GAPA marks maiden edition of International Albinism Awareness Day
The plight of persons with albinism has over the years been shrouded in secrecy. Persons with Albinism all over the world have suffered various forms of discrimination and injustice, and many have wondered when the world’s attention will be drawn to the challenges that Persons with Albinism are confronted with on a daily basis.
For those living with the condition, it came as pleasant news late last year, when the United Nations’ General Assembly adopted a resolution establishing June 13th as International Albinism Awareness Day.
Persons with Albinism in Ghana are, therefore, over-joyed by such a historic resolution of global focus on albinism advocacy.
In marking this day, the Ghana Association of Persons with Albinism (GAPA) initiated various activities to commemorate the IAAD.
The Ghana version of the International Albinism Awareness Day started with walk through the principal streets of Accra after which participants gathered at the Accra Rehabilitation Centre.
The National President of GAPA, Mawunyo Yakor-Dagbah in a welcome address said the day was significant as it has now afforded persons living with albinism, the opportunity to push for their rights and dignity in society. “My perspective is mostly informed by personal experience, having grown up as a PWA in a society where public response to albinism ranges from latent discrimination to outright murder for ritual purposes.” She emphasized.
She noted that “persons with albinism are at risk of social isolation,” adding that albinism is often a source of mockery, ridicule, discrimination, name-calling, prejudice, and in some cases fear and violence.
According to her, GAPA aims to challenge the negative myths and promote the welfare of persons with albinism, so that PWAs can take their rightful place in society and enjoy their human rights.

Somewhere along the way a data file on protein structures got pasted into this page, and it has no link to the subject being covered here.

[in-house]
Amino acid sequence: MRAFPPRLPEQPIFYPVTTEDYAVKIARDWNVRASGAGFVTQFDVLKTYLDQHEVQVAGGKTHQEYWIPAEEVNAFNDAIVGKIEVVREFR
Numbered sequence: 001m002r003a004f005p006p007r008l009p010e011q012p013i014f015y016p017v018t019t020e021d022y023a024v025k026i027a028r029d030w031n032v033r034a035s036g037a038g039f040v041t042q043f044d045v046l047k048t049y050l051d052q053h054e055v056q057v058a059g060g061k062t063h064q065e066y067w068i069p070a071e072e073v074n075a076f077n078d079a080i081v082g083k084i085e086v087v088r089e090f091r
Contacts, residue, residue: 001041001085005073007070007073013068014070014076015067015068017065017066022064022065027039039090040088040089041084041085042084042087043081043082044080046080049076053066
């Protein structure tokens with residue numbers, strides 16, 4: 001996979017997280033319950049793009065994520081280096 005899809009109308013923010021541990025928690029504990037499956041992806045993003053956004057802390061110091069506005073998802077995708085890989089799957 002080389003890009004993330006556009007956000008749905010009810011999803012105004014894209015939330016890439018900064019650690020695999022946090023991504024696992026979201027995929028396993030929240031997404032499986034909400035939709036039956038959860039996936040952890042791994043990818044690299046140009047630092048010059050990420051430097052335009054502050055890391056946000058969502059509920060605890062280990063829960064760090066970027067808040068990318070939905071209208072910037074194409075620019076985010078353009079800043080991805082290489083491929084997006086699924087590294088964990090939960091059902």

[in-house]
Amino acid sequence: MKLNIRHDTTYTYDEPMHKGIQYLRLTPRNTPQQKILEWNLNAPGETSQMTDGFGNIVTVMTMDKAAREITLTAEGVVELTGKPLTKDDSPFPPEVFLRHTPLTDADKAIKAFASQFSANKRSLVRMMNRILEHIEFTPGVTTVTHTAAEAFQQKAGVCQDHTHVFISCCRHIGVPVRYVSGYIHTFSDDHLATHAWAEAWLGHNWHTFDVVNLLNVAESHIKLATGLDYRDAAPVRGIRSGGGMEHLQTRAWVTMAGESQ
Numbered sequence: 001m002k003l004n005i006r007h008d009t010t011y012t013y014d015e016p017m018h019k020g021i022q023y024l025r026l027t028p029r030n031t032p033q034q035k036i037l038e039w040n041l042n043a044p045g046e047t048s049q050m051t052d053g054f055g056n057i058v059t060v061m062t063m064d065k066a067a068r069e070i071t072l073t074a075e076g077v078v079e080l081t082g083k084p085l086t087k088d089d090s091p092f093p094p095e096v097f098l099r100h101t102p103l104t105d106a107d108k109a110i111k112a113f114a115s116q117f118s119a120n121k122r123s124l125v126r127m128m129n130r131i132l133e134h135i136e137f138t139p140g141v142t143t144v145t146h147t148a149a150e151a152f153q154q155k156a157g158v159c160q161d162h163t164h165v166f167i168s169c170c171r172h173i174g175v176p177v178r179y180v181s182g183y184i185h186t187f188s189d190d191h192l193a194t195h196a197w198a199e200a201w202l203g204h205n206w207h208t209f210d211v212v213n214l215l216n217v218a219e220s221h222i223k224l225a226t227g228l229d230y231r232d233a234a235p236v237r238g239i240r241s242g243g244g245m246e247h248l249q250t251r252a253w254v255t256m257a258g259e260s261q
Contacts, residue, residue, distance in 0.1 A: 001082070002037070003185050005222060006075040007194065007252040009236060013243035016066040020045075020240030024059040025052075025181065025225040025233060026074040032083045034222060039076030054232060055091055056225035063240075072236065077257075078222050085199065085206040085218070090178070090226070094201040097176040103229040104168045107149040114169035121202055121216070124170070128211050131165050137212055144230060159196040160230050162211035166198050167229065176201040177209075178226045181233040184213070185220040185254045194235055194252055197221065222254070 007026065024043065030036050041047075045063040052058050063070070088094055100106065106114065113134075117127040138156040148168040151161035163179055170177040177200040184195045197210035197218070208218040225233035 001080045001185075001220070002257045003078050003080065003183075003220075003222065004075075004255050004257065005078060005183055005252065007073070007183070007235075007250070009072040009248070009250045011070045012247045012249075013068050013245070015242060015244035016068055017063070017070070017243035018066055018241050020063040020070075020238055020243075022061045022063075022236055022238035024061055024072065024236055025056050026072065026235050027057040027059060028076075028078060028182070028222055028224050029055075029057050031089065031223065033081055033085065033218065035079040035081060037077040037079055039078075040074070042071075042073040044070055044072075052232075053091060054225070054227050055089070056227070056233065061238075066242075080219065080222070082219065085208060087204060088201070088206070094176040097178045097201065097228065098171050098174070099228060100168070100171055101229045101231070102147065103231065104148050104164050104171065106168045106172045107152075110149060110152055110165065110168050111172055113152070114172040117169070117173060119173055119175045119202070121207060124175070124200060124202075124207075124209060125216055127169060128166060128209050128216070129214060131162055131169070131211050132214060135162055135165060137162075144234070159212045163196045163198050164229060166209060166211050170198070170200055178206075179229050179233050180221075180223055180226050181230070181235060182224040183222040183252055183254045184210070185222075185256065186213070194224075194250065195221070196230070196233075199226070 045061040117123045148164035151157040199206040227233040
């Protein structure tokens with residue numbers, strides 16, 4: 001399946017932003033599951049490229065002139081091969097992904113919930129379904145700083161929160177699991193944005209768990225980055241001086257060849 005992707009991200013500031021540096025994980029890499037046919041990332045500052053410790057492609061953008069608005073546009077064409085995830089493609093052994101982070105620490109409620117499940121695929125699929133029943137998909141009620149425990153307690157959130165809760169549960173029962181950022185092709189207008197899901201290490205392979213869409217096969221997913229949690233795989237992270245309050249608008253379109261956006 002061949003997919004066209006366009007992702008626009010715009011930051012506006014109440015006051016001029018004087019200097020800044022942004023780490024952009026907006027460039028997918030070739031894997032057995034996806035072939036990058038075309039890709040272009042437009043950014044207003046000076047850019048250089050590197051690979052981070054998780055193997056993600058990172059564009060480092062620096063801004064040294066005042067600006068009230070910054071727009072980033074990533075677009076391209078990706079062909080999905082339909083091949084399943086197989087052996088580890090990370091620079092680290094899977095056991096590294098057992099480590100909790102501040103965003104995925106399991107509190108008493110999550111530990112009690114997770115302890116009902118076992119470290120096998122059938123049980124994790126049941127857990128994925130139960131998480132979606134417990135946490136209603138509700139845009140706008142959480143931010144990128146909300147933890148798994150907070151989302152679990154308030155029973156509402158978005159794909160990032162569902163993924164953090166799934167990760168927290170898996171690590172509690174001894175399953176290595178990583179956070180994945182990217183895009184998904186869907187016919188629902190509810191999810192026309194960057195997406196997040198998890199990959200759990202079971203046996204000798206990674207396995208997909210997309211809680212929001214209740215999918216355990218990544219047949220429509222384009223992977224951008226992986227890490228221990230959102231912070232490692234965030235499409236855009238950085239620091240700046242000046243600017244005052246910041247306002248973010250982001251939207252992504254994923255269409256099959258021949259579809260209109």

Chairperson for the Convention People’s Party, Samia Nkrumah, speaking as a Guest Speaker urged members of GAPA to connect and network to form a strong unified front to fight for their course.
She expressed worried about the level of “injustice” suffered by persons living with albinism, and called for a legislation to protect the rights and dignity to persons living with albinism.
Ms Nkrumah also urged members of the association to take education seriously in order to stand tall among their peers, and win the fight against discrimination and injustice.
Dermatologist, Dr Aryee-Boi, who educated members of GAPA on how to care for their skin, advised Persons with Albinism to avoid direct contact with the sun.
According to her the ultra violet rays (UVR) emitted by the sun can cause their skin to burn, resulting in skin cancer.
She entreated them to wear long clothes to cover their hands and legs, and wear sun glasses with wide brimmed sun hats.
Dr Aryee-Boi also urged members to use sun protection creams to further prevent sun burn.
Founded in 2003, the Ghana Association of Persons with Albinism currently boast of 1,470 members, and has grown over the past years chalking success in sensitizing the public on albinism through lectures and radio and TV talk shows.
GAPA has implemented a project dubbed: “People First Language” (PFL), which represents more respectful and accurate ways of communicating.
The association has also initiated “Care for Your Skin Project,” which advocates for sun care products to help all persons with albinism to protect their skins from the deadly skin cancer and black-spots as a result of sun burn.
The seven-executive members of GAPA are now working on having functioning branches in all 10 region of Ghana.